The FCC’s role in regulating interstate and international media in the US is primarily focused on the business side, promoting competition, and encouraging innovation and investment. And what little power it has over its contents has waned. The FCC has oversight of the public airwaves, which are no longer the communication barriers they once were.
Fox has faced some FCC challenges in the past on other grounds. In 2012, a handful of watchdog groups called on the FCC to revoke Fox’s license in connection with Murdoch’s voicemail hacking scandal. The FCC commissioner said at the time that the regulator took the situation seriously, although no major action has since been taken. And in 1995, the FCC under Hundt led a 17-month investigation of Murdoch’s News Corp into whether Murdoch’s control of eight Fox stations violated foreign ownership rules. Murdoch is Australian and became a US citizen in 1985.
Andrew Schwartzman, senior counsel at the Benton Institute for Broadband and Society, said in an email that the FCC has historically not been aggressive in enforcing the character policy and has found itself complicit in “weakening and not enforcing” the policy.
Murdoch’s attempt to use Fox News oversight to go after Fox Corp. may fall well short of the FCC’s modern enforcement of its character policy.
“In short, just about the only thing that is actionable is the transgression of a principal involved in the day-to-day management of a station (‘broadcast-related misconduct’),” Schwartzman said over email. “The only other capital offense in the FCC is lying to a federal agency in a material manner.”
Schwartzman also said that the time frame for such a move would be longer, with licenses being revoked only when they are up for renewal – once every eight years.
“Therefore, it is almost impossible to lose a license for non-broadcast-related misconduct, and even if there was a strong case, it could not be brought for five years and the litigation would go on for years more,” Schwartzman he said.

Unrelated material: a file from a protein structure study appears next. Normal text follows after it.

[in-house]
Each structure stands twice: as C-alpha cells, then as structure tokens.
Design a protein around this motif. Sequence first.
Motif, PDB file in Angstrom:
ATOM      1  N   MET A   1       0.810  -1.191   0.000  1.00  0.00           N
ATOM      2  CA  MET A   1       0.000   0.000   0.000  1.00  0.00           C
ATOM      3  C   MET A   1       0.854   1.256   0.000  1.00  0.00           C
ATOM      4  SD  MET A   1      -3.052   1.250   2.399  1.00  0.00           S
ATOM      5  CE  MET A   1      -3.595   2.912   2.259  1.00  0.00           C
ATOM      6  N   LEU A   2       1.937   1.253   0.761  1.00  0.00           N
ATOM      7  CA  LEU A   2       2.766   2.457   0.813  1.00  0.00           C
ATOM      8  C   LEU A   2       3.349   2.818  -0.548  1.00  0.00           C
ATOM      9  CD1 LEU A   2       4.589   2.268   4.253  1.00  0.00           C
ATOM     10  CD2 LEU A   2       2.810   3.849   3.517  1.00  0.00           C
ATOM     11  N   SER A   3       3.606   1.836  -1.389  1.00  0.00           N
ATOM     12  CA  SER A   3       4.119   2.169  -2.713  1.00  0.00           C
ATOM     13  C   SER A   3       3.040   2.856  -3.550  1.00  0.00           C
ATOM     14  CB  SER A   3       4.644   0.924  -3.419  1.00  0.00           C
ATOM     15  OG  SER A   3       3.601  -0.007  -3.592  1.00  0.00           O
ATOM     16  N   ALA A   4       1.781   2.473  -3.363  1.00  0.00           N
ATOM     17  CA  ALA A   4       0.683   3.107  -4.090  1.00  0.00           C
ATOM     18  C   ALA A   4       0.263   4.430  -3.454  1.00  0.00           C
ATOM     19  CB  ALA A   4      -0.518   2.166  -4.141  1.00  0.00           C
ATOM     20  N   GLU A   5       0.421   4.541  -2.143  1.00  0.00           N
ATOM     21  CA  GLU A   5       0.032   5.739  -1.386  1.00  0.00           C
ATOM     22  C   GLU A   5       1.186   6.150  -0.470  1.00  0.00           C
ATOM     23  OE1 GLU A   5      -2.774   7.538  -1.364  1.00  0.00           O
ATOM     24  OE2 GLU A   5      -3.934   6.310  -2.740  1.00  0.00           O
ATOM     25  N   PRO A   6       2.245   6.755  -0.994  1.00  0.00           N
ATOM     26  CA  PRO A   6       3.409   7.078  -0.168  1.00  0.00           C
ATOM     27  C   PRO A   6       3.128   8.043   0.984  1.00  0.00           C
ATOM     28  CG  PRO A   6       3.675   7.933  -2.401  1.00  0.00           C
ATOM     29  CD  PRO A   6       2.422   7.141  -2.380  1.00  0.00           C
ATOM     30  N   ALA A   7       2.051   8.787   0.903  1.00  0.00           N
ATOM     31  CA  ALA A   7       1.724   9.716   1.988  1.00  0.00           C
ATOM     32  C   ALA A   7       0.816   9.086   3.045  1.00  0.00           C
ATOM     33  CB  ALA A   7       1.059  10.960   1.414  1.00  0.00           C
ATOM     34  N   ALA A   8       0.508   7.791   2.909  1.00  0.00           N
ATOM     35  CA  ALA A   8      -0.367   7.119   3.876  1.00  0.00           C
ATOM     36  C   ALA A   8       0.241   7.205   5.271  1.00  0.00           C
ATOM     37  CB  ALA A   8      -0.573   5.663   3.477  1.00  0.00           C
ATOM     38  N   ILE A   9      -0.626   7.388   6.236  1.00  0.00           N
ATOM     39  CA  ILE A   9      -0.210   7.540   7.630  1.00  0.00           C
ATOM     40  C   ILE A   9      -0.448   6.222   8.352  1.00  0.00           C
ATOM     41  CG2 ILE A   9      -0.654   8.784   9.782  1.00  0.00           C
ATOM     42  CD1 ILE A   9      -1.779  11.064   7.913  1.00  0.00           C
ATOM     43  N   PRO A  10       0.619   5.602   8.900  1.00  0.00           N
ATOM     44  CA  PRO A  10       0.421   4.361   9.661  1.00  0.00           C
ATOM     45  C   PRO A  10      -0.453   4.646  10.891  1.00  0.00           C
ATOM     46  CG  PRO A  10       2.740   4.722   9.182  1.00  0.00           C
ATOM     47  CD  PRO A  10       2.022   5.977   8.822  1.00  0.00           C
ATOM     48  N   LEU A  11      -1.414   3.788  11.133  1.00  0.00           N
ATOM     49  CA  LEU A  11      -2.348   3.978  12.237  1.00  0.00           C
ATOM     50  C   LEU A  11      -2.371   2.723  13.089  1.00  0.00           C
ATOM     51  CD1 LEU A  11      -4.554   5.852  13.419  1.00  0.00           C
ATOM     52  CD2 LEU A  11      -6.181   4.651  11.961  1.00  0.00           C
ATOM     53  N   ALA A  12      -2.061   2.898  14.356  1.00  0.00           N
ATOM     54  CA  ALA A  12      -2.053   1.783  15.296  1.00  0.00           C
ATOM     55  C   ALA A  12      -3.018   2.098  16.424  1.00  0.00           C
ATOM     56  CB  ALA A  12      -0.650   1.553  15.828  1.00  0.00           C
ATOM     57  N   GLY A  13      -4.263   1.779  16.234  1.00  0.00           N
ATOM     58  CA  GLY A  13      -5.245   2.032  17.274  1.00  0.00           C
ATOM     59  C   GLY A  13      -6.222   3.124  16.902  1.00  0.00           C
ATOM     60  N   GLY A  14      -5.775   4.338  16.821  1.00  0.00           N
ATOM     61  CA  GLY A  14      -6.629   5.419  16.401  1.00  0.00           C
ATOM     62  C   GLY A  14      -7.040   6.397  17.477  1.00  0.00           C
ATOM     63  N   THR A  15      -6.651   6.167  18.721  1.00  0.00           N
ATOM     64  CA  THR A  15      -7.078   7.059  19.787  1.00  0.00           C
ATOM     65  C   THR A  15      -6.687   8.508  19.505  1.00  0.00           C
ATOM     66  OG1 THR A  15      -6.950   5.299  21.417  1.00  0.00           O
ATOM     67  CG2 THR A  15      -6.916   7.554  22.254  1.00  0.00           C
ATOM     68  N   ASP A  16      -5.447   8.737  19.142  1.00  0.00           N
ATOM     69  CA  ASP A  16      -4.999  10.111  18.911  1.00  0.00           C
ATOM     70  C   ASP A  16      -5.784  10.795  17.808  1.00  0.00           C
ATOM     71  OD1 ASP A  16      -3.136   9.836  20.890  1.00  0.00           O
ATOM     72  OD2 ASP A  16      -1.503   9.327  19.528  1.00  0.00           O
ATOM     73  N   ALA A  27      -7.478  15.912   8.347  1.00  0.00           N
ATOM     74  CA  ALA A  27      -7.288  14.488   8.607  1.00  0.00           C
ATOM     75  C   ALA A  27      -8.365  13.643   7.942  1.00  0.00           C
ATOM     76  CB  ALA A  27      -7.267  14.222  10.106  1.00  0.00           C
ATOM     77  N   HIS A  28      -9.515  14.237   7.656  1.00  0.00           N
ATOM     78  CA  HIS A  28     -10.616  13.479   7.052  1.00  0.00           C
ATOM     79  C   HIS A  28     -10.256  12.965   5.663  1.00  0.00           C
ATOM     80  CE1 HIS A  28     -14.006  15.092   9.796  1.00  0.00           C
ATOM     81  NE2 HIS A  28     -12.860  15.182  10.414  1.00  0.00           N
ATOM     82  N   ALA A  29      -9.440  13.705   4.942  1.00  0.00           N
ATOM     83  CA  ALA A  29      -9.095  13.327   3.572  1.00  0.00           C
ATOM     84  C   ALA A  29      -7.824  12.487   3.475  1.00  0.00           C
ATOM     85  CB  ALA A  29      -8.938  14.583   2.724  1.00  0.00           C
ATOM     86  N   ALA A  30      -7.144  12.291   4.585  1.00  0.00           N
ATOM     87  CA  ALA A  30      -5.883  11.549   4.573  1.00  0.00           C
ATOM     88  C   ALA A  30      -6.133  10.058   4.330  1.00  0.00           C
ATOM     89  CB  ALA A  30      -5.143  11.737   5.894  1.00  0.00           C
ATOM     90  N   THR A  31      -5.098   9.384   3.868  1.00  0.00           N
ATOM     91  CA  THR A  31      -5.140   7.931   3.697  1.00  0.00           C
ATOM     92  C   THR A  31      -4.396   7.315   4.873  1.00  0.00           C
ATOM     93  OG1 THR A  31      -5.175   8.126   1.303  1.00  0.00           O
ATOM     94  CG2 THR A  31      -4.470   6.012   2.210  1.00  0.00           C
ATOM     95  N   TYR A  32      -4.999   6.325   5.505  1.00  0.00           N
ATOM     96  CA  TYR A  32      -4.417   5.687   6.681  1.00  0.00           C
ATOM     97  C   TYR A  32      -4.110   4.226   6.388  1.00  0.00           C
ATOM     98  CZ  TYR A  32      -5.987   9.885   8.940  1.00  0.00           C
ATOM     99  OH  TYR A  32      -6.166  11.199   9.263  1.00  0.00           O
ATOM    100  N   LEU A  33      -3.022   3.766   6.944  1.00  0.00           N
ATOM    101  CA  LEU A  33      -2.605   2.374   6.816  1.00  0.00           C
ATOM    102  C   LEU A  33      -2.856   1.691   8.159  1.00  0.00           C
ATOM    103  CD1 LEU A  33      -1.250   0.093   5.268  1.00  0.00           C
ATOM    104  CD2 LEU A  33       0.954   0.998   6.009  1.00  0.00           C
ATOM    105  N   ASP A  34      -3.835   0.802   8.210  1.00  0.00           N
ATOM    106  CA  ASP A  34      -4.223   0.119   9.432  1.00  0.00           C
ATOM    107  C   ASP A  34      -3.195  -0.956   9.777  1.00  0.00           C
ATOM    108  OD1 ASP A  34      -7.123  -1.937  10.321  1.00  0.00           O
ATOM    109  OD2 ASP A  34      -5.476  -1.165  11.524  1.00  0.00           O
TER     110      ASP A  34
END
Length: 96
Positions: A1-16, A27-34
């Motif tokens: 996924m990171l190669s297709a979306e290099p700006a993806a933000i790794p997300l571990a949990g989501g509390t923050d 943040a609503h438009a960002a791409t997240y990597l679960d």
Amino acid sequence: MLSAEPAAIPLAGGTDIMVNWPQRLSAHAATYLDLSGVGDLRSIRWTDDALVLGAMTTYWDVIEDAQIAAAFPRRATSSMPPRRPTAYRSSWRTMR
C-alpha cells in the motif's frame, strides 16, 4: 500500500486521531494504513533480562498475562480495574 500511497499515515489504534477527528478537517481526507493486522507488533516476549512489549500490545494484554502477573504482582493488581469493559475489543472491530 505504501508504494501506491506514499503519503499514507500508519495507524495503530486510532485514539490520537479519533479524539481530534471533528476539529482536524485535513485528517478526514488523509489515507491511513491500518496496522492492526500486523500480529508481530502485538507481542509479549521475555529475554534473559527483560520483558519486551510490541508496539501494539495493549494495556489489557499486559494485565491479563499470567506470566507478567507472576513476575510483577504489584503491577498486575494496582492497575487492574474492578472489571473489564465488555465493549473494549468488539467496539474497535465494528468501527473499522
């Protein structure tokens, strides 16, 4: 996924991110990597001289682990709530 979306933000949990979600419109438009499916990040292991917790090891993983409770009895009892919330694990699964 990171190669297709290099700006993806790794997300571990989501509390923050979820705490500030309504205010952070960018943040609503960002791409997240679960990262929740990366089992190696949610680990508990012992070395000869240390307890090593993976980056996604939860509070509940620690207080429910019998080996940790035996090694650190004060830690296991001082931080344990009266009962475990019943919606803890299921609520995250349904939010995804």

The current structure of the FCC makes it particularly unlikely to agree on a partisan decision. The agency is usually governed by a board made up of five Senate-confirmed commissioners – three from the president’s party and two from the opposition. But Biden’s FCC is stuck in a rare 2-2 impasse. Biden’s choice for the first commissioner, Gigi Sohn, was the target of an unprecedented smear campaign. He withdrew his candidature on Tuesday.
There are a few examples of license cancellations by the FCC. In 1966, Rev. Everett C. Parker mounted a successful legal challenge to WLBT-TV’s license renewal in Jackson, Mississippi, after the channel refused to air an NBC news program in which Thurgood Marshall discussed Brown v. Board of the Supreme Court . The Marshall of Education decision would later join the Supreme Court.
But the FCC has changed significantly since then, as has the broader media and political environment in which it operates. Any such effort would inevitably face significant pushback from Republicans, who have already argued that the Biden administration has weaponized the US government against conservatives.
Still, some are hoping the FCC may seize upon the Dominion lawsuit to reassert its authority, possibly drawing on moments in history in which it flexed its regulatory power. Pickard of the University of Pennsylvania, led the FCC’s move in 1941 to force the National Broadcasting Company (later known as NBC, the parent company of NBC News) to divest one of its two major radio networks. pointed to. The split network will become ABC.